TUESDAY HOMILY: Pharisees and Fakery
I wonder what Jesus would make of botox and plastic surgery? What would he have to say about our cosmetic dentistry, our workouts at the gym, our trips to the mall for more clothes, and our obsession with our outward appearance?
P>GREENVILLE, S.C. (Catholic Online) - I wonder what Jesus would make of botox and plastic surgery? What would he have to say about our cosmetic dentistry, our workouts at the gym, our trips to the mall for more clothes, and our obsession with our outward appearance? He's probably make a smart comment like, "Looks good on the outside. I wonder what's on the inside?"
In that way he'd get people to think not only about the shallow sin of vanity, but challenge them to look deeper. He'd probably also recite another quip of his which goes with today's gospel: "Man looks on the outward appearance, but God looks on the heart."
Making sure we look good and have our face on is not only physical. The person who is obsessed with looking perfect often wants to behave perfectly too. They feel that if they can just get their lives ordered and organized then everything will be perfect and they will be perfect and people will like and admire them and even better--God will be pleased with them!
The Pharisees were a sect of Jews who were very strict in their observance of the rituals, rules and regulations of their religion. They had rules about every aspect of life, and washing before meals was not only hygienic, but it was also part of their religious life. Every action had a prayer that went with it. From their point of view, when Jesus was casual about the observance of the social rules he was also being casual about his religious duties.
Beneath their perfectly organized, neat and tidy lives the Pharisees were full of pride and self righteousness. Beneath their perfect observance of all the rituals, rules and regulations of their religion there was were a boiling cauldron of rage, lust, jealousy, greed and lust for power.
The interesting thing is that Jesus did not suggest that they cure themselves by attacking the pride, self righteousness, rage, greed and lust head on. He knew the religious traps and the spiritual minefields they would face. When a self righteous person tries to be a better person, nine times out of ten they only succeed in making themselves even more self righteous and obnoxious. When you try to attack sin head on it most often wriggles free and slinks under a rock and hides from you--serpent that it is.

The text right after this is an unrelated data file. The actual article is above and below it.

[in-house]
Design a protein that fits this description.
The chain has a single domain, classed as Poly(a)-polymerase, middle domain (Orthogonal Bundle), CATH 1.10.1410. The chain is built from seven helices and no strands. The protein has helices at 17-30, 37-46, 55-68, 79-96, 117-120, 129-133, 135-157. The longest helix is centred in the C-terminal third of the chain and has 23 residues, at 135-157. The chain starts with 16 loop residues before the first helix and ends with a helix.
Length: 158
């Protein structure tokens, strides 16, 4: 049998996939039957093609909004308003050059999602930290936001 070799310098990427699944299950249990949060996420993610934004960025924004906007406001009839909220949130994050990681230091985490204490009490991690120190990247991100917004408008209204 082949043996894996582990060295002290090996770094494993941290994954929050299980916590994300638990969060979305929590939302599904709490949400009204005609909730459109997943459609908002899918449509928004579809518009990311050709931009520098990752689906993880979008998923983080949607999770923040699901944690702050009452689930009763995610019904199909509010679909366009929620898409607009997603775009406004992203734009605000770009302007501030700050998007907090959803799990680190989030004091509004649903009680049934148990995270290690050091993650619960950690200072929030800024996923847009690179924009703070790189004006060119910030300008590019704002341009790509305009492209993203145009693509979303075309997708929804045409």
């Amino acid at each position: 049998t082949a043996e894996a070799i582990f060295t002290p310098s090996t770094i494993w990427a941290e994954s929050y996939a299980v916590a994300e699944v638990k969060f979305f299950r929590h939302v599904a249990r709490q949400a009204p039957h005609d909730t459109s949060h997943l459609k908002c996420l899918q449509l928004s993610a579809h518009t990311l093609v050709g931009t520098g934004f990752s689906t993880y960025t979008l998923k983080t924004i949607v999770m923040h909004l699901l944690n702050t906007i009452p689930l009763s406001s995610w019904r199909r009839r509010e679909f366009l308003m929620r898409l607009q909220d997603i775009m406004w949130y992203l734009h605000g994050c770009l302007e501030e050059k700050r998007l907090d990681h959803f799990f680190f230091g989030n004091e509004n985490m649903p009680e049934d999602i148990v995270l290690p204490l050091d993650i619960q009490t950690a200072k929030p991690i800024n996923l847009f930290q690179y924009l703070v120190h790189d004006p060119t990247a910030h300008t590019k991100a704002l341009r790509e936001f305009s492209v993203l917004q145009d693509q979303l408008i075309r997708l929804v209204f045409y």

Jesus sees the layer upon layer of self deception, trickery, and self righteous posturing. It's like these people have had spiritual botox. Part of them is dead and can't respond honestly. So he comes up with an ingenious solution: Give alms. Give alms! That means giving money! Yikes!
That is still the answer. If you want to be cured of being a control freak, of being more concerned about the outward forms and not the inward heart's condition; if you are more worried about yourself and your image, then give alms. Give to the poor.
People should understand--priests don't ask the faithful to give sacrificially just because there is a light bill to be paid and the church roof needs to be repaired. We ask the faithful to give because something good happens spiritually when we give generously.
Something shifts within our cold and greedy and stubborn hearts. When we learn to give alms generously and with open hearts the self righteousness and pride starts to melt away. When we give generously our eyes are opened to the needs of others and we start to sympathize.
When we give generously the inner condition of being better than others (and needing to show it by a neat and shiny exterior) evaporates and the healing begins. Suddenly all things will be good and life will be transformed.
That's what the Lord means when he says, "Give alms and behold, everything will be clean for you!"
Fr Dwight Longenecker is pastor of Our Lady of the Rosary Catholic Church in Greenville, South Carolina. Sign up here for his free newsletter and visit his website and blog at dwightlongenecker.com
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